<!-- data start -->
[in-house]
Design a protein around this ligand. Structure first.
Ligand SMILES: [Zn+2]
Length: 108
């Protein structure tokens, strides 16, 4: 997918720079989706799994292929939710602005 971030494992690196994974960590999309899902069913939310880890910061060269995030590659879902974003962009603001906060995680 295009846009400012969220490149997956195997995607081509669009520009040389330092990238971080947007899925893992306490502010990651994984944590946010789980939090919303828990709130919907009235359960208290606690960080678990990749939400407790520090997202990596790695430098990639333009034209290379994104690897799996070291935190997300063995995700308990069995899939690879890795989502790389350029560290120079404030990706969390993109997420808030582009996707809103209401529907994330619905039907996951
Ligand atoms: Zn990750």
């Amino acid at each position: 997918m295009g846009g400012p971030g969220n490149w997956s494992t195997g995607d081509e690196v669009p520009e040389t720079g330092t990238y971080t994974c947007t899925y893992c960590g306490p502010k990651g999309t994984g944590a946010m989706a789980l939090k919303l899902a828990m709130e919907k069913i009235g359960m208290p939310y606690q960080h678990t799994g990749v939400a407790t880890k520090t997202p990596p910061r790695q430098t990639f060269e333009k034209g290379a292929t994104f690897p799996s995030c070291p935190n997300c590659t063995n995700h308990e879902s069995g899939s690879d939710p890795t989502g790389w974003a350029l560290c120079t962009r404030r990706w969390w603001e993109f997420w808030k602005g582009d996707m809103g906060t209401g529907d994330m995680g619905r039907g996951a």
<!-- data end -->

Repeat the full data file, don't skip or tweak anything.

[in-house]
Design a protein around this ligand. Structure first.
Ligand SMILES: [Zn+2]
Length: 108
């Protein structure tokens, strides 16, 4: 997918720079989706799994292929939710602005 971030494992690196994974960590999309899902069913939310880890910061060269995030590659879902974003962009603001906060995680 295009846009400012969220490149997956195997995607081509669009520009040389330092990238971080947007899925893992306490502010990651994984944590946010789980939090919303828990709130919907009235359960208290606690960080678990990749939400407790520090997202990596790695430098990639333009034209290379994104690897799996070291935190997300063995995700308990069995899939690879890795989502790389350029560290120079404030990706969390993109997420808030582009996707809103209401529907994330619905039907996951
Ligand atoms: Zn990750």
């Amino acid at each position: 997918m295009g846009g400012p971030g969220n490149w997956s494992t195997g995607d081509e690196v669009p520009e040389t720079g330092t990238y971080t994974c947007t899925y893992c960590g306490p502010k990651g999309t994984g944590a946010m989706a789980l939090k919303l899902a828990m709130e919907k069913i009235g359960m208290p939310y606690q960080h678990t799994g990749v939400a407790t880890k520090t997202p990596p910061r790695q430098t990639f060269e333009k034209g290379a292929t994104f690897p799996s995030c070291p935190n997300c590659t063995n995700h308990e879902s069995g899939s690879d939710p890795t989502g790389w974003a350029l560290c120079t962009r404030r990706w969390w603001e993109f997420w808030k602005g582009d996707m809103g906060t209401g529907d994330m995680g619905r039907g996951a």